Dutch FM: Harsh words for Russia "breach of trust," no talk of MH17
According to Minister Bert Koenders of Foreign Affairs, the "breach of trust" caused by Russia's illegal annexation of the Crimea and the country's interference in the conflict in Eastern Ukraine will first have to be repaired before the international approach to Russia can get back to normal.
In a letter to the Tweede Kamer, lower house of parliament, Koenders wrote that a new international balance must be achieved with Russia through muscle (defensive measures), fist (sanctions) and open hand (dialogue). He made no mention of Russia's possible involvement in the downing of flight MH17.
"In a short time Russia has changed into a country with which relations almost across the board have become more complicated and that openly seems to reject the international legal order, the existing security arrangement in Europe and the universality of human rights, which the Netherlands is particularly close to." Koenders said. According to the minister, Russia's recently adopted restrictive legislation emphasizing on national pride and Russian values, coupled with a more assertive and aggressive foreign policy and willingness to use military-political means, have resulted in an alarming situation.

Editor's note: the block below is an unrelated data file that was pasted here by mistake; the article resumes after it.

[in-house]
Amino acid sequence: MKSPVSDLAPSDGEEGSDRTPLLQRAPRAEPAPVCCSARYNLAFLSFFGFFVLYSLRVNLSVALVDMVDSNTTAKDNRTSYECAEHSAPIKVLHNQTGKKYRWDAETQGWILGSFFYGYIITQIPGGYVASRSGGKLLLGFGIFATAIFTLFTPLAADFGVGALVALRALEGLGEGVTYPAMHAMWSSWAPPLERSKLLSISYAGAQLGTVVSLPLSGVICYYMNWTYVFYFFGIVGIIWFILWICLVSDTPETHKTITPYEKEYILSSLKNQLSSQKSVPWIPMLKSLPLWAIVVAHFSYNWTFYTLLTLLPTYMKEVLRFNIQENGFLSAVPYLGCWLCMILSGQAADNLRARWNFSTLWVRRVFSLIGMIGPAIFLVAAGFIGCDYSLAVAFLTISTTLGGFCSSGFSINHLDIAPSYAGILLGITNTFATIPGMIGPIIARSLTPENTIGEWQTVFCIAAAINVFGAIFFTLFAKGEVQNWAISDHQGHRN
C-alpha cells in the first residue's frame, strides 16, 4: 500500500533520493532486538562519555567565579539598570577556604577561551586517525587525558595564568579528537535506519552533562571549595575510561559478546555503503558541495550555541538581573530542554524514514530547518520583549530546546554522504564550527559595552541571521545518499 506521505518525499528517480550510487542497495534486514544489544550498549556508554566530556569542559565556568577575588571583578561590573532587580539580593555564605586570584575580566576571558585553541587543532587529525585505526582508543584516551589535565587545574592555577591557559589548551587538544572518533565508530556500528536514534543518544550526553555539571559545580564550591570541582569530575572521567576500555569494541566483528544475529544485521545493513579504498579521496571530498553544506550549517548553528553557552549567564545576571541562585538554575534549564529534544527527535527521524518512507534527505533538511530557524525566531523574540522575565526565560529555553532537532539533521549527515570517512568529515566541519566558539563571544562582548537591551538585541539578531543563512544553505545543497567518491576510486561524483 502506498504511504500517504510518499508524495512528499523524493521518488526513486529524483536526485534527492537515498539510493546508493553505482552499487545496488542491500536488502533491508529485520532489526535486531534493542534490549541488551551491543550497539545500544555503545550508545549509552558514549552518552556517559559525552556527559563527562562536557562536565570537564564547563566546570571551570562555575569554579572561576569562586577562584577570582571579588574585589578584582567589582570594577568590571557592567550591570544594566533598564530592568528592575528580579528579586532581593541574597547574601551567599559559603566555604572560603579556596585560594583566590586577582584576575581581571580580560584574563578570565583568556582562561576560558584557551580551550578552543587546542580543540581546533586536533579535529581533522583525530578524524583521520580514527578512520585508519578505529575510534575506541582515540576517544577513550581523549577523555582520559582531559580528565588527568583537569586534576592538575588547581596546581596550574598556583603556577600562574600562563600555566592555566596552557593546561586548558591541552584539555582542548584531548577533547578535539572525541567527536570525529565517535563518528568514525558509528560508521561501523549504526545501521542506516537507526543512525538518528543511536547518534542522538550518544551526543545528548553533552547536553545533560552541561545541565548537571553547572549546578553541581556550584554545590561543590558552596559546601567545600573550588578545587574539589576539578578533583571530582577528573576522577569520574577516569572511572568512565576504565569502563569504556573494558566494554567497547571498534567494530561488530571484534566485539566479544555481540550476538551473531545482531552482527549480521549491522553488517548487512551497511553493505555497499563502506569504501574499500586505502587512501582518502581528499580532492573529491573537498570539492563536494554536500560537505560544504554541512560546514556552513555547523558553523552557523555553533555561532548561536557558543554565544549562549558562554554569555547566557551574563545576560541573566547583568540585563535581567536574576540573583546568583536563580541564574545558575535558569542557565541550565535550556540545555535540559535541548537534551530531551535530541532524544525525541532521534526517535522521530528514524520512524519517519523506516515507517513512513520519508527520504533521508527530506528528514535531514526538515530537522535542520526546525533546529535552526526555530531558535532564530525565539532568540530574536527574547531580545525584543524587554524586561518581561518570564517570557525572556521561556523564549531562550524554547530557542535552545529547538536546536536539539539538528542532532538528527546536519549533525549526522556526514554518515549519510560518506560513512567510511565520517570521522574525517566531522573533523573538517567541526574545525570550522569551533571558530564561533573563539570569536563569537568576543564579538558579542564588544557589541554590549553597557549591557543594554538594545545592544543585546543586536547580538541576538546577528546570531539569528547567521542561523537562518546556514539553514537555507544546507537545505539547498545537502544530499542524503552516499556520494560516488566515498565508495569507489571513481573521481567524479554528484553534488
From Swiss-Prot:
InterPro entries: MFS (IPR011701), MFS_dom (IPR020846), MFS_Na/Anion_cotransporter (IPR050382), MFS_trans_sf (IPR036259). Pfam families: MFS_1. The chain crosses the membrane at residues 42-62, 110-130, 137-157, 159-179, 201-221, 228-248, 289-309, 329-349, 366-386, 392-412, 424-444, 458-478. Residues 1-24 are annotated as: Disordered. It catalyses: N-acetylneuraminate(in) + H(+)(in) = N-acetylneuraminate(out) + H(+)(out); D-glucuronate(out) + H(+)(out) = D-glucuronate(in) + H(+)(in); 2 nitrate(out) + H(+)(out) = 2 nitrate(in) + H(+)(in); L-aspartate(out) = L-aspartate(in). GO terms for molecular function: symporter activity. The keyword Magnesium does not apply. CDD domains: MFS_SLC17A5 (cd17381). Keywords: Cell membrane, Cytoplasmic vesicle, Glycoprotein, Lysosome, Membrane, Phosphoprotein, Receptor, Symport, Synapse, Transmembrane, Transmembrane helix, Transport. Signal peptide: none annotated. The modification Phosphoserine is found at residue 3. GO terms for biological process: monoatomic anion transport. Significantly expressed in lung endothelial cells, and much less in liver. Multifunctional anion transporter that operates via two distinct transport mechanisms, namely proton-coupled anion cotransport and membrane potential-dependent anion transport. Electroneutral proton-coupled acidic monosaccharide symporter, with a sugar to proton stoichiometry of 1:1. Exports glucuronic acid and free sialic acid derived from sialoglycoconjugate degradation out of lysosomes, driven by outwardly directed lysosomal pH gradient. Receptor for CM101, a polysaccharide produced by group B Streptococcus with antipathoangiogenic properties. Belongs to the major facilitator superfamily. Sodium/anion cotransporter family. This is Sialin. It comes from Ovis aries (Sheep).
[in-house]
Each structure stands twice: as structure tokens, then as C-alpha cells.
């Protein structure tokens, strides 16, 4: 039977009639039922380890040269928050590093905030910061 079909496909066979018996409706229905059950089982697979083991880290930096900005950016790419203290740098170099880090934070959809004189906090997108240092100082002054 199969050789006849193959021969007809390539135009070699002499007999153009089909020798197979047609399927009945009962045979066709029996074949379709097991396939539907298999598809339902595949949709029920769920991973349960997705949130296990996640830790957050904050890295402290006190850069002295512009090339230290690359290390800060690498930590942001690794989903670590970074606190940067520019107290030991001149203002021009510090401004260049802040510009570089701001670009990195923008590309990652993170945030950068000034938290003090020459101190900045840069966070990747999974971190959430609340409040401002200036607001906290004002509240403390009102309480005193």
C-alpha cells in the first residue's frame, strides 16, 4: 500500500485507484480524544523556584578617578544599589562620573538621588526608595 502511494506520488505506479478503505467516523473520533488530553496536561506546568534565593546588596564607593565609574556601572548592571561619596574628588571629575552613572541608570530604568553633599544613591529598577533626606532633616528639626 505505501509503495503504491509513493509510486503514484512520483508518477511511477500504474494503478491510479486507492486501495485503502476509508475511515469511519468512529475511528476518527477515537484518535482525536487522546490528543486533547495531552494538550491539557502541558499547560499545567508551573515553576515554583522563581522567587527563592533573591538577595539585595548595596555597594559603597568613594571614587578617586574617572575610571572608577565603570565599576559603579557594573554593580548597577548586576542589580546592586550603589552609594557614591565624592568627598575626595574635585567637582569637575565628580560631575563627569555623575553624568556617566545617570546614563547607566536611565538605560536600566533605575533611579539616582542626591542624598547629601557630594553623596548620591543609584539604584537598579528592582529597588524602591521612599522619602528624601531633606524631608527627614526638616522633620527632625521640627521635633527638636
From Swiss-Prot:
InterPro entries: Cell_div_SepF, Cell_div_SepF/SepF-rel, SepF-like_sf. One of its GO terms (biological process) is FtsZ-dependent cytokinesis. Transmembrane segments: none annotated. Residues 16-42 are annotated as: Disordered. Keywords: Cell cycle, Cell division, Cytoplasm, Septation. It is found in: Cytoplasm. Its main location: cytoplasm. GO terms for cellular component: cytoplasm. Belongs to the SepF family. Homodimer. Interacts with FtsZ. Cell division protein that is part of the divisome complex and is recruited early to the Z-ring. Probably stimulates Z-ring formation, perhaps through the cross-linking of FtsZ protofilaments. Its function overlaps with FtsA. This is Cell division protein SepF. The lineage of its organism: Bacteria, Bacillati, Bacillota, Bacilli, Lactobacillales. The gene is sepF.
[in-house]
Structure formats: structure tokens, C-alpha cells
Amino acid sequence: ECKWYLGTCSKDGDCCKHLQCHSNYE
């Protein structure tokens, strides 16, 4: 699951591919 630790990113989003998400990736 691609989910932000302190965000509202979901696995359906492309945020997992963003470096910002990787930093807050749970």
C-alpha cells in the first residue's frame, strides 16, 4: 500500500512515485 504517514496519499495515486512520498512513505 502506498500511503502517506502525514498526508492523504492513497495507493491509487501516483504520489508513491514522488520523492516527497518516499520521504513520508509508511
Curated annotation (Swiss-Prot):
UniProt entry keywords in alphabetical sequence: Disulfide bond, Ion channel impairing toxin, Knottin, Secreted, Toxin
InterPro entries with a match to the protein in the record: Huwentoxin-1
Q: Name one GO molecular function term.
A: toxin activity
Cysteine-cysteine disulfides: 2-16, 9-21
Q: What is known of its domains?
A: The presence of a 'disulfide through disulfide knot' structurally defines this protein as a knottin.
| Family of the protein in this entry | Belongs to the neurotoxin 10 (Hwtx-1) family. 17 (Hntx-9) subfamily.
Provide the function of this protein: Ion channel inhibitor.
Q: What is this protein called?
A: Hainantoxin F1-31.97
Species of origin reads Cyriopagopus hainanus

Koenders believes that an united international approach to Russia is therefore of the utmost importance. He thinks that the international community must continue to show strength to Russia, until the country changes course. The Netherlands will continue press for the promotion of human rights in Russia, people-to-people contacts and exchanges with independent institution in the fields of culture and science.
The Minister concluded that the Netherlands has chosen a realistic commitment, aimed at the de-escalation of the Russian policy towards Ukraine, and dialogue and functional cooperation where possible. "A new balance in the relationship with Russia can not be found with sanctions pressure and collective defense alone. It is also crucial to maintain open communication with Russia." Koenders said.